John Logsdon, professeur émérite de science politique et de relations internationales à l’Université George Washington, a déclaré que l’approbation obtenue par Moon Express était un grand pas en avant pour les entreprises spatiales privées.

“Si une économie extra-terrestre se développait dans les décennies ou siècles à venir, cette autorisation pourrait faire office de premier pas vers ce futur”, a déclaré à Mashable John Logdson. “Mais le processus alambiqué pour obtenir l’autorisation suggère aussi qu’il faudra commencer par rationaliser l’approche du gouvernement concernant l’exploration spatiale privée. Beaucoup reste à faire.”

– Adapté par Romain Houeix. Retrouvez la version originale sur Mashable.

Quelque chose à ajouter ? Dites-le en commentaire.

mashable.france24.com/monde/20160804-moon-express-autorisation-privee-lune

Moon Express 1st company to travel to moon

Moon Express becomes first private company to receive permission to go to the moon

Moon Express has officially become the first private company in the world to receive permission to travel beyond Earth’s orbit. After months of conversations with government officials, the company received the green light from the FAA to venture to the moon in 2017.

“We are now free to set sail as explorers to Earth’s eighth continent, the moon, seeking new knowledge and resources to expand Earth’s economic sphere for the benefit of all humanity,” said Bob Richards, co-founder and CEO of Moon Express.

The announcement marks an important milestone for private companies in the space industry because, so far, all commercial space activities have been limited to operations within Earth’s orbit.

Moon Express was born out of the Google Lunar X-PRIZE, an international contest with $30 million up for grabs for a private company who can soft-land on the moon and travel across its surface.

If successful, Moon Express will become the fourth entity in history to soft-land on the moon. The first three were all superpowers — the U.S., USSR and China – while Moon Express is privately funded and comprises 26 entrepreneurs and engineers.

It’s important to note that the permission given to Moon Express doesn’t necessarily set a precedent for other companies. Naveen Jain, co-founder of Moon Express, told TechCrunch that this permission is a one-time exception for their company. Jain stated the U.S. government plans to take future requests to travel beyond Earth’s orbit on a case-by-case basis until laws governing this activity can be passed.

Illustration of Moon Express lander / Image courtesy of Moon Express

Interestingly, the legalities surrounding a private mission to the moon came about a bit backwards.

First, Moon Express purchased a launch to the moon with Rocket Lab in October 2015. At that time, they didn’t have permission from the government to go to the moon or the regulatory security that they could have ownership of lunar resources they obtained if theycould get there.

Then, in November 2015, the Commercial Space Launch Competitiveness Act was passed, which explicitly stated that private companies are allowed full ownership of resources they extract in space. The bill made it legal for Moon Express to mine the moon and keep what they extracted, but they still didn’t have permission to travel to the moon in the first place.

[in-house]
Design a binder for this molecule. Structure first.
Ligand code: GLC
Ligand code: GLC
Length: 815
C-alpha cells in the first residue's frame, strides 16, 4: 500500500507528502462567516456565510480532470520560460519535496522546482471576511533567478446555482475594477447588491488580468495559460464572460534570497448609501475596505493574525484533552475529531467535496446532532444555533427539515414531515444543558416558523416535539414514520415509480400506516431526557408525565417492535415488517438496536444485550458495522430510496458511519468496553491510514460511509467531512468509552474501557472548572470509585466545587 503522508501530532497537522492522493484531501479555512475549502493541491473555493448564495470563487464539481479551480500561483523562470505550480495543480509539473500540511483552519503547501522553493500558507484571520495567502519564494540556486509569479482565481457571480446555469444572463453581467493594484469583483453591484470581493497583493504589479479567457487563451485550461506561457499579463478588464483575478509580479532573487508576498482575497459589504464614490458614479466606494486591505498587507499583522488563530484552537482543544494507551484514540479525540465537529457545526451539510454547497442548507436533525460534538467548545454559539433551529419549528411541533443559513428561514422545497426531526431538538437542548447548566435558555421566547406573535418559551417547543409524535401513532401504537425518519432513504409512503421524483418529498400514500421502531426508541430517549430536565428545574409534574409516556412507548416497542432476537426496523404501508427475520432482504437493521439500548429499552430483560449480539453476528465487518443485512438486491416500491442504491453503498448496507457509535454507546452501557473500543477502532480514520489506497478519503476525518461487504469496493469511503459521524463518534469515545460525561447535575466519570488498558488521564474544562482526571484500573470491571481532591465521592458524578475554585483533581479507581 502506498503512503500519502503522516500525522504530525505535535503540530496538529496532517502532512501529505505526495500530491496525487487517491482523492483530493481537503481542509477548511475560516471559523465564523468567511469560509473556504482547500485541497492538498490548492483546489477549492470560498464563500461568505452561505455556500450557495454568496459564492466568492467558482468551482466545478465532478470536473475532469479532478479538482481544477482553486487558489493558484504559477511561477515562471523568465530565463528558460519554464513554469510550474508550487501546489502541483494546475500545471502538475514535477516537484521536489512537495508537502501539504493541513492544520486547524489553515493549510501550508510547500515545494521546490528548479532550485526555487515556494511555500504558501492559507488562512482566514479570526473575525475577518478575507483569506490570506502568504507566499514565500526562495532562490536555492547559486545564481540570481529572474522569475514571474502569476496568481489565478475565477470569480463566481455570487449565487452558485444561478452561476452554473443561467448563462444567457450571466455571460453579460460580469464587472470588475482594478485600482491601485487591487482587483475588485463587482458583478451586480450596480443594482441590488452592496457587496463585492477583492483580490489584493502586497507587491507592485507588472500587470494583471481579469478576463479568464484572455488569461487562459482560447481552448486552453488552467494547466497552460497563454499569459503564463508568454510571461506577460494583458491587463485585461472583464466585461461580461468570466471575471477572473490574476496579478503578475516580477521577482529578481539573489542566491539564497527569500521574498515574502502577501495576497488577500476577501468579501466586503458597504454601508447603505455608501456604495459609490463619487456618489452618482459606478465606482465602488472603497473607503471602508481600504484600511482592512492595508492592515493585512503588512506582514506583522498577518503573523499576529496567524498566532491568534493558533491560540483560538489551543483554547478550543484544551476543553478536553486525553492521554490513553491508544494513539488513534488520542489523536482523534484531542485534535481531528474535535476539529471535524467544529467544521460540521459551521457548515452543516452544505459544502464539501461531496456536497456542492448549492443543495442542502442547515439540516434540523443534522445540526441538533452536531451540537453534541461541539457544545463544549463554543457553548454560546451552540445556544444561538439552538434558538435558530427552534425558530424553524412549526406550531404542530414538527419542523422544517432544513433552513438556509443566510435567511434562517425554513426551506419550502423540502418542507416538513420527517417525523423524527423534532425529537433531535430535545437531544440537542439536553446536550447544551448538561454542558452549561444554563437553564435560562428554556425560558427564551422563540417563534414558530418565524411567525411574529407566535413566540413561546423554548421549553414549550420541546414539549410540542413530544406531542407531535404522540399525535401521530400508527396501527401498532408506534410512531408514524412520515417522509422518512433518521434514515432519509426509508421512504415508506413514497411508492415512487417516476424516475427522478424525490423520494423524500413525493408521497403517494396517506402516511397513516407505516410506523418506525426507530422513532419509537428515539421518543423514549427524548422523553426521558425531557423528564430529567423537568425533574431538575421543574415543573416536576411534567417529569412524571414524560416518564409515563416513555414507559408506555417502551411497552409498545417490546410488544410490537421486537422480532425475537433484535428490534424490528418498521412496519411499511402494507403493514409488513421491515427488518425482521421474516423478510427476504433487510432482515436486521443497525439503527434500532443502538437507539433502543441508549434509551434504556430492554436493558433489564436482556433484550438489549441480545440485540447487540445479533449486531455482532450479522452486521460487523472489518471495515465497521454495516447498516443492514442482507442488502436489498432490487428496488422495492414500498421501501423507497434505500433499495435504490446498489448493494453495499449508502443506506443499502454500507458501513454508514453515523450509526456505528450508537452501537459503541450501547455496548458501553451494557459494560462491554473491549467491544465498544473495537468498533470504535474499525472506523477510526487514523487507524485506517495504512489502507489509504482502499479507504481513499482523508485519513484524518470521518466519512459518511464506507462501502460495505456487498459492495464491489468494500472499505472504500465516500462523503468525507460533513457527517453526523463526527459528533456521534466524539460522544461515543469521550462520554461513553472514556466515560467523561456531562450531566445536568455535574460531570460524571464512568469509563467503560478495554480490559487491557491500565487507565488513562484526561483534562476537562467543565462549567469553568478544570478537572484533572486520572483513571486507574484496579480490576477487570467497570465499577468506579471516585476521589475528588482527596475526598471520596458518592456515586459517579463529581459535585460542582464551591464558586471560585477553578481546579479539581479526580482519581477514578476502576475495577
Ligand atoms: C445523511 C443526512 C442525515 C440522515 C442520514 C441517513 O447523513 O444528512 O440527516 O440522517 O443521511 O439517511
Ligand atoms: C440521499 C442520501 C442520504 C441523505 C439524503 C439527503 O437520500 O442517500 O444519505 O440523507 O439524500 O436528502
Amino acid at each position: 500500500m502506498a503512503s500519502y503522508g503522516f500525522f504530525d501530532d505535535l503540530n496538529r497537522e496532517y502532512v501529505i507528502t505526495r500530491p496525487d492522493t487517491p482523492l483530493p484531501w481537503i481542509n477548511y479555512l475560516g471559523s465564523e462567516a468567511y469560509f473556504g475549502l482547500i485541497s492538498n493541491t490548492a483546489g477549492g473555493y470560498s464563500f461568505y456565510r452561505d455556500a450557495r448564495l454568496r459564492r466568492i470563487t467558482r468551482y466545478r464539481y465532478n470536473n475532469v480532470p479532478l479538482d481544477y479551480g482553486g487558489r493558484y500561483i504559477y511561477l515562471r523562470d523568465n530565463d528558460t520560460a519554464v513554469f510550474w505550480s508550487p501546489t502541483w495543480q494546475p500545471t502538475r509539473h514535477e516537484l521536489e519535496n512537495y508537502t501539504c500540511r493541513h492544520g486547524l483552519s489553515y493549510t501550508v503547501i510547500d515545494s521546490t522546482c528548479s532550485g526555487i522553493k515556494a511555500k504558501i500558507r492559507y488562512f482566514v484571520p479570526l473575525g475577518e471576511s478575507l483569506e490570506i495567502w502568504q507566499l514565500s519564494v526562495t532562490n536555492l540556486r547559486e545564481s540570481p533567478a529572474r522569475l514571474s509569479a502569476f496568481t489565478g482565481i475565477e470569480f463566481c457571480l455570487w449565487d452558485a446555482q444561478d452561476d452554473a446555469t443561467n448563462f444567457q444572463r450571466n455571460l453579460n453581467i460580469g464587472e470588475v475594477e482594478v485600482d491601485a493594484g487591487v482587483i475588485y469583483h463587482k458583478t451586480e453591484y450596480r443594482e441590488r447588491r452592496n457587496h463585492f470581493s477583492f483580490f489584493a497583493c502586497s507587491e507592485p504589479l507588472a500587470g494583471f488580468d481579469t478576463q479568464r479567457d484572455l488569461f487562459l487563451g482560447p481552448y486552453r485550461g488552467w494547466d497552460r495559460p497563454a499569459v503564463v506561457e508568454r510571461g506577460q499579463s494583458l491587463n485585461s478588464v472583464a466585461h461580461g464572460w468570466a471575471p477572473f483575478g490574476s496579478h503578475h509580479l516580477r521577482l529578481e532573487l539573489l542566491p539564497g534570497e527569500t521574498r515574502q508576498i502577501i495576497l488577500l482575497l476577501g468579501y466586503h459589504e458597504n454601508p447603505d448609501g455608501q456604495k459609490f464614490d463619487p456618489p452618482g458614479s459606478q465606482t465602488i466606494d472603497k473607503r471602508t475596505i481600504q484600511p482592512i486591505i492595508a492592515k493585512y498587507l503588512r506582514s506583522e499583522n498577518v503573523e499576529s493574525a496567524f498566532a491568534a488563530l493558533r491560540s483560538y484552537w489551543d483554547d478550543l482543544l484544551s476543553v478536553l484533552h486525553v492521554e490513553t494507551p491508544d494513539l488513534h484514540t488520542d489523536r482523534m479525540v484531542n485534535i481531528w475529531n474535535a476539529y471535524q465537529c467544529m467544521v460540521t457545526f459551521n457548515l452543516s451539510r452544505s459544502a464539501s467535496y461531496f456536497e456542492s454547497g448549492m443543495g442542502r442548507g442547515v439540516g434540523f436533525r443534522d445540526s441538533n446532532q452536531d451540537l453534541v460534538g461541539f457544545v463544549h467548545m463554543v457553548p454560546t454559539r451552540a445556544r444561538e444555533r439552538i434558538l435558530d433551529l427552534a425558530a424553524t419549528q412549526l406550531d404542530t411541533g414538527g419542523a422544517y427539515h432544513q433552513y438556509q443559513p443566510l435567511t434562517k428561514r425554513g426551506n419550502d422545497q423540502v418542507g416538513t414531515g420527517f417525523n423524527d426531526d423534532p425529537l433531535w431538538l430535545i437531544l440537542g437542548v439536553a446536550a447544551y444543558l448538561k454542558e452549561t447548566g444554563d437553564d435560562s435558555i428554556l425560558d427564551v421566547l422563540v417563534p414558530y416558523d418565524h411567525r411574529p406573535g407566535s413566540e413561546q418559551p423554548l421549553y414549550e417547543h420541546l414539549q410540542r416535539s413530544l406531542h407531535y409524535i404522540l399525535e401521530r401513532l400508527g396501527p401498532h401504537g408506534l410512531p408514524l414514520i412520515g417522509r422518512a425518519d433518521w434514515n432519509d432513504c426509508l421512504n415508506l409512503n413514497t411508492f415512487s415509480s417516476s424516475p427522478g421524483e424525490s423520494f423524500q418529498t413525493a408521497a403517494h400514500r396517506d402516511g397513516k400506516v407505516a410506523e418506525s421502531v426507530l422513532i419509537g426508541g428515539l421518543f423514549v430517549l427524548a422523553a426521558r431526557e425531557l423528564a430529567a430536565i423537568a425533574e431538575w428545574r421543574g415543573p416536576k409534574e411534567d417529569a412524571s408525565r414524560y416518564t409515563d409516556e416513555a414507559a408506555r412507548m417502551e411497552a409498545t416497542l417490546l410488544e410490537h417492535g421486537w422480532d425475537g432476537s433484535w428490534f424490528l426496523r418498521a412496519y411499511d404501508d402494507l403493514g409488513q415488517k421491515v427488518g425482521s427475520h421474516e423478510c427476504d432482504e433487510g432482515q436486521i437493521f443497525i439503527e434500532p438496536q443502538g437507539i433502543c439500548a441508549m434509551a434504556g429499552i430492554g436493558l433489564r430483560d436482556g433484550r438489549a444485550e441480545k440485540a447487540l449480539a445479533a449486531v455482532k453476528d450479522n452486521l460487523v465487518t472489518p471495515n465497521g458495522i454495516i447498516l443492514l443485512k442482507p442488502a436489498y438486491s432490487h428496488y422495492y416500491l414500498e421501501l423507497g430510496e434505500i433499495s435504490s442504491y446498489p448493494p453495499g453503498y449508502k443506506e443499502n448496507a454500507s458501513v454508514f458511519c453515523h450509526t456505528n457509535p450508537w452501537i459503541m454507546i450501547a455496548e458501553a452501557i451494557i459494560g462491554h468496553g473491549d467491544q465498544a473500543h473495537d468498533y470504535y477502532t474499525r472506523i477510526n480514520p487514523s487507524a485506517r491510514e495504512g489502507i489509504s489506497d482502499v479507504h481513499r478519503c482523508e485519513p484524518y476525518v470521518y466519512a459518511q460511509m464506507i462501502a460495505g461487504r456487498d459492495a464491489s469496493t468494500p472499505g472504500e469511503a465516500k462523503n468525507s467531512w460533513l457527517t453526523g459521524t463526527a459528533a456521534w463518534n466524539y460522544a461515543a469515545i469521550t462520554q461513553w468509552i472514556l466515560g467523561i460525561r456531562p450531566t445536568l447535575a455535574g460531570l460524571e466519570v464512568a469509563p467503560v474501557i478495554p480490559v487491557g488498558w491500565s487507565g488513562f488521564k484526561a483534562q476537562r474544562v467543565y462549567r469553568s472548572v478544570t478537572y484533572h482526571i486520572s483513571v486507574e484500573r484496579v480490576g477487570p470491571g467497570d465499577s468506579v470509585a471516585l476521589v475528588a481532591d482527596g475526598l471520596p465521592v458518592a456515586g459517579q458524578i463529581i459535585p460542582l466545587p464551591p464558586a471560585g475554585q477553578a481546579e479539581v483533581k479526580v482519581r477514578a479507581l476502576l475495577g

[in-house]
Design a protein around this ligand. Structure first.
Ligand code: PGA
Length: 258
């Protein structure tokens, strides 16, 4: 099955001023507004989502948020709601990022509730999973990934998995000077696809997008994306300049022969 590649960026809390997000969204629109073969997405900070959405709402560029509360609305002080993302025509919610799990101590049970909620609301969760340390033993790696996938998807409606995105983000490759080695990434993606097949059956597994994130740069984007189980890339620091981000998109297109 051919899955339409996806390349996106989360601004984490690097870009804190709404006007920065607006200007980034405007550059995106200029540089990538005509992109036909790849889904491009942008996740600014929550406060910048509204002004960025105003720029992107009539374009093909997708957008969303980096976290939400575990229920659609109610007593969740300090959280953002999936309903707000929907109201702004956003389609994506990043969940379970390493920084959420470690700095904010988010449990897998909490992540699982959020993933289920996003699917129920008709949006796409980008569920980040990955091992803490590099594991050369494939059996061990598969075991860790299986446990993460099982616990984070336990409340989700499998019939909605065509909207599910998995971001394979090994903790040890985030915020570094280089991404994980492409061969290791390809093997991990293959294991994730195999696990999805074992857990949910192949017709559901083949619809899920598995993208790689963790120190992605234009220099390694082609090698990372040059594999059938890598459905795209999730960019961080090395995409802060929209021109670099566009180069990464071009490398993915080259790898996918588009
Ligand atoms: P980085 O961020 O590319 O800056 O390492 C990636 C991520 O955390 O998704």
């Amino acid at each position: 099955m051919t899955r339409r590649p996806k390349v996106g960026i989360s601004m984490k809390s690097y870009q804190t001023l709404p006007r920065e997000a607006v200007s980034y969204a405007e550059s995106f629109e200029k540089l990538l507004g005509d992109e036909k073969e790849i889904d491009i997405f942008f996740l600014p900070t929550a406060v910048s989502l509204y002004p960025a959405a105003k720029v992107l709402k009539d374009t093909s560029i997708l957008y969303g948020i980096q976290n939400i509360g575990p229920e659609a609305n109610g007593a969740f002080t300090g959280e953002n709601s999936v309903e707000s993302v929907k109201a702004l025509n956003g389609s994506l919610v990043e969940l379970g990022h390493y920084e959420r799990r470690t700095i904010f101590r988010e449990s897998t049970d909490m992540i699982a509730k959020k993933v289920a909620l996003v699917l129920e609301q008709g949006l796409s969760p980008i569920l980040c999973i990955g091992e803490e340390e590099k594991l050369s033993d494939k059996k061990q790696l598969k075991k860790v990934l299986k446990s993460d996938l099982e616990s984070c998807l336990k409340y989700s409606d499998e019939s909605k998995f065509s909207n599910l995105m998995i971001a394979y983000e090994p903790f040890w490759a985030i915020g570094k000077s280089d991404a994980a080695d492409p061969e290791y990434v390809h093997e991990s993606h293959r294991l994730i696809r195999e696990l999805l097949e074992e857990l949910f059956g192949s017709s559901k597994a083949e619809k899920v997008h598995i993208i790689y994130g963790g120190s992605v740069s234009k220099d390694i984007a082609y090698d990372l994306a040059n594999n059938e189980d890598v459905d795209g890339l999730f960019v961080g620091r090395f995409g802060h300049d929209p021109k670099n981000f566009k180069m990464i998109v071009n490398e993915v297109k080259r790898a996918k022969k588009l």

This was the last piece of the regulatory puzzle, but from a security point of view, giving this permission to anyone with the resources to go is a bit tricky.

For example, national assets like reconnaissance satellites that monitor specific areas of the Earth are located over 20,000 miles away in geosynchronous orbit (GEO). This is the farthest orbit that private companies have placed satellites in to date. Going beyond this orbit could potentially give a company full view of some of the most important space-based security satellites, making it important for the government to know exactly what a company intends to do on a mission past GEO.

Illustration of Moon Express MX-1 lunar lander / Image courtesy of Moon Express

Because no company had traveled beyond Earth’s orbit before, there wasn’t a plan in place for receiving permission to do so. Jain explained that representatives from multiple federal agencies, including the State Department and the NSA worked together to determine that the FAA, which is already responsible for granting launch licenses to rocket companies, should be the official point of contact for this type of activity.

On April 8th, 2016, Moon Express submitted an application for a 2017 commercial lunar mission to the FAA and has since received approval to move forward with its plans.

“This simply shows that every company can achieve their moon-shot,” said Jain.

The company will launch to the moon in the second half of 2017 on a rocket provided byRocket Lab. Jain stated that Moon Express’ first mission, which is a one-way trip, is expected to be profitable due to private payloads and sponsorships. The company also fully expects NASA to participate by sending a paid scientific payload, although their business plan is not dependent on it.

Once on the surface, Moon Express hopes to win further X-PRIZE awards by moving across the surface. Instead of roving, they will re-fire their rockets on the MX-1 lander and “hop” to different locations.

Moon Express MX-1 lander components / Image courtesy of Moon Express

When asked if they expect to beat other frontrunners in the competition, Jain focused instead on their future plans, saying “We don’t start a company to win a prize. Winning the Google Lunar X-PRIZE would just be the icing on the cake. We choose to go to the moon because it’s good business.”

In the future, the company expects to make money by harvesting resources on the Moon, like water and Helium-3, creating a fuel depot on the surface and eventually performing round-trip missions with the capability of bringing payloads back to the Earth. By the end of the year, Moon Express plans to double their employee base to over 50 people.